the defendant expressly waived her objection to the admission of Franco’s redacted testimony by indicating to the court that no motion to strike would be filed and by deferring to the court’s discretion. See State v. Berube, 256 Conn. 742, 747–49, 775 A.2d 966 (2001); State v. Ledbetter, 240 Conn. 317, 325, 692 A.2d 713 (1997) (most basic rights of criminal defendants are subject to waiver). We conclude that the defendant failed to preserve properly, and also actively waived, her right to our review of this claim. The judgment is affirmed. In this opinion the other judges concurred.
General Statutes § 53a-122 (a) provides in relevant part: ‘‘A person is guilty of larceny in the first degree when he commits larceny, as defined in section 53a-119, and . . . (2) the value of the property or service exceeds ten thousand dollars . . . .’’ 2 Other revenues came from fundraisers, donations and a bakery operated by the Wolcott Organization. 3 Pursuant to General Statutes § 53a-121 (b), the court aggregated the amounts that were the subject of the larceny. 4 On May 6, 1997, the defendant wrote out a personal check, from her First Union account, to be deposited in the Wolcott Organization’s account. The check was for $6220, the deposit slip indicated that $6000 was for ‘‘Joe D. loan’’ and the defendant testified that the remainder was miscellaneous Wolcott Organization revenue. The defendant claims that $2000 of Diaz’s money remained in her account as repayment for a personal loan she had made to the Wolcott Organization. The defendant’s bank refused to honor the check due to insufficient funds. Thus, the Wolcott Organization never received any portion of the $8000 loaned by Diaz. 5 The defendant maintains that she writes her fives like the letter ‘‘s’’ and that the notation actually indicated May 5. Her assertion does not change our analysis, however, as the evidence in the record supports the court’s conclusion that the check was unrelated to Kish and we are not left with a firm conviction otherwise. 6 Melvin performed bookkeeping services for the Wolcott Organization in 1996 and 1997 as an independent contractor. 7 The following colloquy occurred between the court and counsel: ‘‘[Assistant State’s Attorney]: . . . I would urge the court to take the latter course. And that would be not to preclude Ms. Franco’s testimony in its entirety, but to [provide a redacted transcript to the court]. ‘‘The Court: Thank you. [Defense Counsel]? ‘‘[Defense Counsel]: Yes, Your Honor, it would be my position with regard to this that the witness has been given the opportunity and has elected to assert [her] privilege of fifth amendment. . . . I take no issue with regards to that based on what we’ve heard here today. ‘‘What I do take issue with, Your Honor, is partly the way that this matter comes before the court. . . . I am not suggesting that the privilege be asserted in front of the trier of fact . . . . ‘‘The problems that I think we now have with regards to it—and I’m not asking the court to strike Ms. Franco’s testimony either in [the state’s] casein-chief or what she’s testified to here today—should that be the election of the court. ‘‘What I am concerned about, Your Honor, is that she’s called as a state’s witness, the state elicits the testimony that they need. . . . Now we have her as my witness in chief. All of a sudden, now we have the fifth amendment privilege being asserted as it goes directly to how she used the money. . . . I think [the defendant] has been prevented from asking and going through those questions by the fifth amendment assertion. I think that’s essential and I think it prejudices her ability fully to defend herself in this particular case. . . . [M]y motion would be that this constitutes grounds for a mistrial as opposed to just striking the testimony. . . . ‘‘The Court: You understand the sixth amendment right is not unfettered and that it is within the court’s discretion to decide these issues? ‘‘[Defense Counsel]: Yes, Your Honor. ‘‘The Court: Your position is not that you would like any of the testimony stricken, correct? This is not a motion to strike?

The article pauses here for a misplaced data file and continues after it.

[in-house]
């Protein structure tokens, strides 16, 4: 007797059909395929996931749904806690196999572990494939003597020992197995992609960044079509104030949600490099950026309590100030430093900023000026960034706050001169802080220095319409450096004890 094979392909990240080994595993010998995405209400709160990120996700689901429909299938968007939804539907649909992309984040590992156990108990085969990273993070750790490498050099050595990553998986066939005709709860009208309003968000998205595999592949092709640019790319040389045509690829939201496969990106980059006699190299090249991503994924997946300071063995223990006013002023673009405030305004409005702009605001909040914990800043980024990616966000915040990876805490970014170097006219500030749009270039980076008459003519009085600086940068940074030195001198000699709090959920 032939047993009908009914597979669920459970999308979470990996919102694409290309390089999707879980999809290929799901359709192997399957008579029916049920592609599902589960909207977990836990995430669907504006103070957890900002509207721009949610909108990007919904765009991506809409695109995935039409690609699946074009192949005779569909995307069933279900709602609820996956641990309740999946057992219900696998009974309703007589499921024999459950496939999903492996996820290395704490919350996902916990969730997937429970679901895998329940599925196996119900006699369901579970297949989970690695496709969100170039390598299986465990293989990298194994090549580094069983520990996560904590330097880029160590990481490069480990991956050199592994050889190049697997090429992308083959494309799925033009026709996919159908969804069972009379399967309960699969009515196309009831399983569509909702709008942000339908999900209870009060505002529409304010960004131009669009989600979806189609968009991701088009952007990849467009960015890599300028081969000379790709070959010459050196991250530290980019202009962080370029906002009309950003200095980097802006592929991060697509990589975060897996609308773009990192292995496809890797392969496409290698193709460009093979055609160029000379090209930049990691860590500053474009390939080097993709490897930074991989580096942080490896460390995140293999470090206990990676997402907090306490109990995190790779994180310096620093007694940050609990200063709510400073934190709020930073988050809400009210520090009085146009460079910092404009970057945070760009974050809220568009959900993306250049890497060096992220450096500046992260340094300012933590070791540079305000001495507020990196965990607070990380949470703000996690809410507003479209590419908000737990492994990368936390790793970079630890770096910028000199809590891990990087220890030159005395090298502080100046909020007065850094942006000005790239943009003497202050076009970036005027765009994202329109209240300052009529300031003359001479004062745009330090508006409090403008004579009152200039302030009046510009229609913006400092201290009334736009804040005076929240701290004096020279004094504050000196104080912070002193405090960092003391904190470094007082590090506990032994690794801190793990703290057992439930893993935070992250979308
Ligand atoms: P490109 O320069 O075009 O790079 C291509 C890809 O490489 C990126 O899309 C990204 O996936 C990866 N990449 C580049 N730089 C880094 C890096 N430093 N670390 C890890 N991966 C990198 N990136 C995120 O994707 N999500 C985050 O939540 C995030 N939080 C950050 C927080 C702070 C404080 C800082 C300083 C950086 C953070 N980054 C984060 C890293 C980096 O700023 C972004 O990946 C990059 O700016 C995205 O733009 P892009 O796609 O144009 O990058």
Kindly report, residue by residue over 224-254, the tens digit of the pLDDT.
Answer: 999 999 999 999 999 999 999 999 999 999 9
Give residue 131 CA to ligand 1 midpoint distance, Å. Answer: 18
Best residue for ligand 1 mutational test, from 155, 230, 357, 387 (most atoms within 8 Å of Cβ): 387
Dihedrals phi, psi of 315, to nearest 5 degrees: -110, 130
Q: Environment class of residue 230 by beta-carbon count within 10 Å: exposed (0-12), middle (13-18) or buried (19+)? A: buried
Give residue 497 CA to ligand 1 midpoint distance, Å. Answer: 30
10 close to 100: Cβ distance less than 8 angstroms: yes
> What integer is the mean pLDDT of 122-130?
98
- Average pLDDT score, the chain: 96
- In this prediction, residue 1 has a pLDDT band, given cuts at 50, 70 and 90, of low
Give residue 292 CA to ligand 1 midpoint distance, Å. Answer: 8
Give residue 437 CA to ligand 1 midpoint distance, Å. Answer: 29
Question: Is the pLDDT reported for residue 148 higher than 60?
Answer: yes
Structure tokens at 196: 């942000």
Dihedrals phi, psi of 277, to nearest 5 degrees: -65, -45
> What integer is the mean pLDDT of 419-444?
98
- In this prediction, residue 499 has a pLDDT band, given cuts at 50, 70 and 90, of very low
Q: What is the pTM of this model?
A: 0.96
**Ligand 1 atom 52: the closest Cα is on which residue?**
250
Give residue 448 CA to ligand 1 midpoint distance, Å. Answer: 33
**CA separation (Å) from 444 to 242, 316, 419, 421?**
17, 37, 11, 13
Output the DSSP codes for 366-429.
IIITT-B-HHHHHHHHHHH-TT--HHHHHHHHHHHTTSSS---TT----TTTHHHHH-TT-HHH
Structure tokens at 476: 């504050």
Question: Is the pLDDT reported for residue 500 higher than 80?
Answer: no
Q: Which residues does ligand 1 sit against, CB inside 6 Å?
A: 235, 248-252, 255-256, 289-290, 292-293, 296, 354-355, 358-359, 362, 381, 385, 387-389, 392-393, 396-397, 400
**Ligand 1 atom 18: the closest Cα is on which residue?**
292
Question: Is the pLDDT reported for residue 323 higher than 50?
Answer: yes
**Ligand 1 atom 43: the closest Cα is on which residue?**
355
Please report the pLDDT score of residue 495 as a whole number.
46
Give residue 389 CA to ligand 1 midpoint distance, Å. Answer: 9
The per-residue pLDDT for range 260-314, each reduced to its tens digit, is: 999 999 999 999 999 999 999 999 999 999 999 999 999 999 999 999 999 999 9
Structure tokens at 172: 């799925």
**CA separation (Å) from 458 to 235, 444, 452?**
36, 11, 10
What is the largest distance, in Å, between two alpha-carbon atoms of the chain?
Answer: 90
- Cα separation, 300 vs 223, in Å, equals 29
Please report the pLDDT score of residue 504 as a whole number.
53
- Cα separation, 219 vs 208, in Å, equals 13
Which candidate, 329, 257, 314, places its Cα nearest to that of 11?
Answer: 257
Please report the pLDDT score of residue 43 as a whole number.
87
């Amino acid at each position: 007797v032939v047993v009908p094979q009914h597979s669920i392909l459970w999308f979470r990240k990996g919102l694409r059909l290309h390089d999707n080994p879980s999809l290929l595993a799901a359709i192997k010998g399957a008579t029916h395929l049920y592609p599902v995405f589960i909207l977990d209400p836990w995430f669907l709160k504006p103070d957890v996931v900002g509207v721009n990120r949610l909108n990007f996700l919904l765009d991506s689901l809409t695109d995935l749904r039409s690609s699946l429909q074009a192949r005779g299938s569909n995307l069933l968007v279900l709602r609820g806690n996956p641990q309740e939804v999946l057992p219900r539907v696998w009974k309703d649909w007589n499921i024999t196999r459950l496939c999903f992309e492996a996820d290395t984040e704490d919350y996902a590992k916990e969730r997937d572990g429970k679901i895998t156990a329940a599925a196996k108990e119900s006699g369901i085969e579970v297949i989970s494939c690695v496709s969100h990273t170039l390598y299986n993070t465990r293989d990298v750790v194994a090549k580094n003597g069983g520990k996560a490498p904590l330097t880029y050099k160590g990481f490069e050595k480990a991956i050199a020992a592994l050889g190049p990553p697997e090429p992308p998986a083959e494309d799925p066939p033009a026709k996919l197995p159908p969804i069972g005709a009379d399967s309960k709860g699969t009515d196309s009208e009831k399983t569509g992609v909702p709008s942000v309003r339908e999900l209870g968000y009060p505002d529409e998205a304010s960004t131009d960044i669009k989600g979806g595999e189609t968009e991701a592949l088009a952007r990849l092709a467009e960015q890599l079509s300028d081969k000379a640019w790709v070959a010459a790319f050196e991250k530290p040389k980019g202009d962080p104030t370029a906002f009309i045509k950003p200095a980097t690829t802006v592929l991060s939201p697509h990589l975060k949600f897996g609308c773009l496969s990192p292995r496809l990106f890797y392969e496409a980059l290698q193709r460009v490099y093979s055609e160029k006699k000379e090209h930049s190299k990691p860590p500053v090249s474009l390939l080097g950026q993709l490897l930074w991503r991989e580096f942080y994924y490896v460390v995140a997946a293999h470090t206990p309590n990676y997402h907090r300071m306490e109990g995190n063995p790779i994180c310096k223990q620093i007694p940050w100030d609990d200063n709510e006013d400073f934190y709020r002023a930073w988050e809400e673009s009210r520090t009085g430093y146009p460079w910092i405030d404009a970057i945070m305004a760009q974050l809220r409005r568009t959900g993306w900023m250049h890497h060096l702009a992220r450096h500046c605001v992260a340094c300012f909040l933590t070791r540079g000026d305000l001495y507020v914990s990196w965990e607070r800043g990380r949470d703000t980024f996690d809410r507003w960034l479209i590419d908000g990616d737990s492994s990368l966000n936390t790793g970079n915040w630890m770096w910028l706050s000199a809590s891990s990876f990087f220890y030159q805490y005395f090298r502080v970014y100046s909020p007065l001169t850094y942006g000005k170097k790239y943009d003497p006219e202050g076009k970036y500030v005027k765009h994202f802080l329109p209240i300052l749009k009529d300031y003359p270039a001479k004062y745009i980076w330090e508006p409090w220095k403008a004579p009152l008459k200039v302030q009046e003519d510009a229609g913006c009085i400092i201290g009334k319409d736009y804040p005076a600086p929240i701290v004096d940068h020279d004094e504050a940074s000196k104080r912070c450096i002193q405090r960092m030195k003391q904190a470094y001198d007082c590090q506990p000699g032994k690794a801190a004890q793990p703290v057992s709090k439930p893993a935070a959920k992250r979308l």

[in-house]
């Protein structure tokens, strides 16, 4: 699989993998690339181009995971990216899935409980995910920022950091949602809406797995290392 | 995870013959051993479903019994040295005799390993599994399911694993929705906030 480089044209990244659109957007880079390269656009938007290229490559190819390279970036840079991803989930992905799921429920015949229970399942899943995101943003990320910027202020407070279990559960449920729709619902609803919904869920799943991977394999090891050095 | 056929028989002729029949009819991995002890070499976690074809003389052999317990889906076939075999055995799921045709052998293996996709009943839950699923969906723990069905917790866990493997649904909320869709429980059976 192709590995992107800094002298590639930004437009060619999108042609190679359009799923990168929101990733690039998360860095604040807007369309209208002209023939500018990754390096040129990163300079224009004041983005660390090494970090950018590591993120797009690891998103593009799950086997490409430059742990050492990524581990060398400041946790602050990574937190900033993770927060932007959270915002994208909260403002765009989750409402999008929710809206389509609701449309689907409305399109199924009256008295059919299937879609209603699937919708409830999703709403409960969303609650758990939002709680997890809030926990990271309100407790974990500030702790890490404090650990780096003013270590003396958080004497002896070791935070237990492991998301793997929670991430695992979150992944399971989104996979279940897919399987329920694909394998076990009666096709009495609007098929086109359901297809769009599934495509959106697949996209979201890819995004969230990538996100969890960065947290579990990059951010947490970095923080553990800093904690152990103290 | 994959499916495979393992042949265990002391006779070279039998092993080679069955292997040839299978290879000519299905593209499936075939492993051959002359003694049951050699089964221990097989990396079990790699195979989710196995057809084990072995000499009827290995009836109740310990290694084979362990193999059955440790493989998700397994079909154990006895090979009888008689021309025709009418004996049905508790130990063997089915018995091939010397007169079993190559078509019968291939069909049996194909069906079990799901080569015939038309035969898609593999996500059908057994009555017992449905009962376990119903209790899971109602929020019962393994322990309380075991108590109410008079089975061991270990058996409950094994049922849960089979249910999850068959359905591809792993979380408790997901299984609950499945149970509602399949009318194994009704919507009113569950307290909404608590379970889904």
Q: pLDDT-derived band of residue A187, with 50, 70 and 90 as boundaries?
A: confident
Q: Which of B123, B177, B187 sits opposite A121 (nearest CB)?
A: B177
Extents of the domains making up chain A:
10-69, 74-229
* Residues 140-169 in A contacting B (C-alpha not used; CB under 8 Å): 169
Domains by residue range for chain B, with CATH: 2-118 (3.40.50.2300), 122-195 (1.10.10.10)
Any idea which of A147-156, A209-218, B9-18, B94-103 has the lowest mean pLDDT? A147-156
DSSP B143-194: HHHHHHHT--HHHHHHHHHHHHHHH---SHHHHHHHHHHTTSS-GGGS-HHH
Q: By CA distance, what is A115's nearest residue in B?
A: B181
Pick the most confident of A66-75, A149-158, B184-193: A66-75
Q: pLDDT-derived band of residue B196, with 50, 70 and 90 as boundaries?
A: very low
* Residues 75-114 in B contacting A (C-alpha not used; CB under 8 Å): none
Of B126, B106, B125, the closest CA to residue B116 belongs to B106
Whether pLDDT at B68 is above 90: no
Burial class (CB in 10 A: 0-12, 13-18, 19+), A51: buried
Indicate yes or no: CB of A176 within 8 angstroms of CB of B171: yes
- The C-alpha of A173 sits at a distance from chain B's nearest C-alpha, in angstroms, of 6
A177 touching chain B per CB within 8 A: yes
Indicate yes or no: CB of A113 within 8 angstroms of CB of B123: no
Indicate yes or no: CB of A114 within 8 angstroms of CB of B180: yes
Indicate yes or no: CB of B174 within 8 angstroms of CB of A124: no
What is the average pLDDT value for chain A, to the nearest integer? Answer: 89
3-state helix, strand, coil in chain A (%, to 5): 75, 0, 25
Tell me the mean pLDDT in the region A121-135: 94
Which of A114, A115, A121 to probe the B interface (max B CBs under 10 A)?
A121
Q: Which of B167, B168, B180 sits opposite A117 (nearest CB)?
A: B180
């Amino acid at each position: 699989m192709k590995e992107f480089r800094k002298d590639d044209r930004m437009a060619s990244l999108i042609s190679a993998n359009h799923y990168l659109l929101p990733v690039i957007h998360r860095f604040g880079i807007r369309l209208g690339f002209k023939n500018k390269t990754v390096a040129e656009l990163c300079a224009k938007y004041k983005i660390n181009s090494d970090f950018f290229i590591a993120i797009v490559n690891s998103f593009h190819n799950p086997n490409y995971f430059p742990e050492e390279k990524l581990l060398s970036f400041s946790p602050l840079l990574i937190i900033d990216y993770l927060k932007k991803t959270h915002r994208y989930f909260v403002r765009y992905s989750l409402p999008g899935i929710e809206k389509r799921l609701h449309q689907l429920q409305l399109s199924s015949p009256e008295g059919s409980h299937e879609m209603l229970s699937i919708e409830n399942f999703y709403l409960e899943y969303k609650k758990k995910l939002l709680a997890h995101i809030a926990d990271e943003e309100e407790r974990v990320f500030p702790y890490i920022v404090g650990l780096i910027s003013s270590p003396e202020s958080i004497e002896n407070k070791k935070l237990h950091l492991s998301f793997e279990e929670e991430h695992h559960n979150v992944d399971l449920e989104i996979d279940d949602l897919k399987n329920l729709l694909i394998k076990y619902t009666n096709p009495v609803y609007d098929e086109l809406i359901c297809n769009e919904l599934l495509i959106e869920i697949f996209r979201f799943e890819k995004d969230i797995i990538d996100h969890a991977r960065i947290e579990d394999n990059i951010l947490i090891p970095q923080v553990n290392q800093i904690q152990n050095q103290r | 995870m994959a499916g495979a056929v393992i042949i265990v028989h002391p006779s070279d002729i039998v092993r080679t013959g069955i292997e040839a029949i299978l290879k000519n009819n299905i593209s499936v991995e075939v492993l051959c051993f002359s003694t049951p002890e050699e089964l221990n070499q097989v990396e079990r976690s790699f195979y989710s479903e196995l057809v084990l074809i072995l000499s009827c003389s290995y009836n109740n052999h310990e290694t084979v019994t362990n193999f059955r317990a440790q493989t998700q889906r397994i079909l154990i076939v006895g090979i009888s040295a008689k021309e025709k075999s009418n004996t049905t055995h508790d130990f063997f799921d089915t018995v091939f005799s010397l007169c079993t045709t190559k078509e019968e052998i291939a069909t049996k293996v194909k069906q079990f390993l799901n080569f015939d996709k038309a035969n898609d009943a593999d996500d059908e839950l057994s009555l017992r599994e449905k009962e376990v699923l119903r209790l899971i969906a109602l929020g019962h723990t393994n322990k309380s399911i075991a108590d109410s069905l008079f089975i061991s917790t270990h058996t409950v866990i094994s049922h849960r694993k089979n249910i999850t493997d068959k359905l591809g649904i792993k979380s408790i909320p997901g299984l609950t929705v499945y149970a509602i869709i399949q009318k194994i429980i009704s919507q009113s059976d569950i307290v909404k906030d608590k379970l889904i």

‘‘[Defense Counsel]: No, Your Honor. ‘‘The Court: This is a motion for a mistrial? ‘‘[Defense Counsel]: I think at this point in time, Your Honor . . . I’m not sure . . . . ‘‘The Court: I just—I want to make absolutely certain that you are not now nor do you intend in the future to file a motion to strike all or any portion of the testimony of this witness aside from—well, with the understanding that any answers to any questions that might invoke the fifth amendment would not be part of this case. *** ‘‘[Defense Counsel]: Yes, Your Honor, we are not looking to strike—my feeling with regards to it, Your Honor, I think is—I am trying to articulate— maybe not as accurately as I would like, it’s an all or nothing type of proposition. If the testimony is going to be in, the testimony is going to be in for both of us, we are stuck with the privilege, we live with the privilege, Your Honor. ‘‘I am not addressing whether or not I think that the appropriate remedy is redacted transcript or whether or not the appropriate remedy—because I think there [are] problems with using it as a transcript in a criminal trial where the trier of fact does not have the opportunity to truly assess the answers as they are coming across from the witness[es] themselves because the case law talks about that. ‘‘As far as the motion to strike, Your Honor, no. We are not raising a motion to strike and we recognize that if it comes in, it should come in for both parties. . . . ‘‘The Court: So you are going to file a brief in support of your motion for a mistrial? ‘‘[Defense Counsel]: Yes, Your Honor.’’ The defendant thereafter filed a motion for a mistrial, which the court denied. 8 Prior to the court issuing its decision, the defendant again stated: ‘‘And I leave it within the court’s sound discretion to determine how best to present testimony of Ms. Franco be it in terms of a redacted transcript or be it in terms of live testimony. That certainly is a question for your discretion, Your Honor.’’ 9 The defendant concedes on appeal that her motion for a mistrial sought an overbroad remedy. She asserts, however, that the motion preserved her sixth amendment claim. The defendant did not address the denial of her motion for a mistrial in her brief. We therefore decline to address this claim. Moreover, a mistrial may be granted in the court’s discretion when there is ‘‘substantial and irreparable prejudice to the defendant’s case.’’ Practice Book § 42-43. ‘‘If curative action less drastic [than a mistrial] is appropriate the court should take such action before terminating the trial.’’ State v. Altrui, 188 Conn. 161, 173, 448 A.2d 837 (1982). The defendant’s failure to move to strike the testimony undermines any claim that she was substantially and irreparably prejudiced. 10 In Golding, our Supreme Court held: ‘‘[A] defendant can prevail on a claim of constitutional error not preserved at trial only if all of the following conditions are met: (1) the record is adequate to review the alleged claim of error; (2) the claim is of constitutional magnitude alleging the violation of a fundamental right; (3) the alleged constitutional violation clearly exists and clearly deprived the defendant of a fair trial; and (4) if subject to harmless error analysis, the state has failed to demonstrate harmlessness of the alleged constitutional violation beyond a reasonable doubt.’’ (Emphasis in original.) State v. Golding, supra, 213 Conn. 239–40.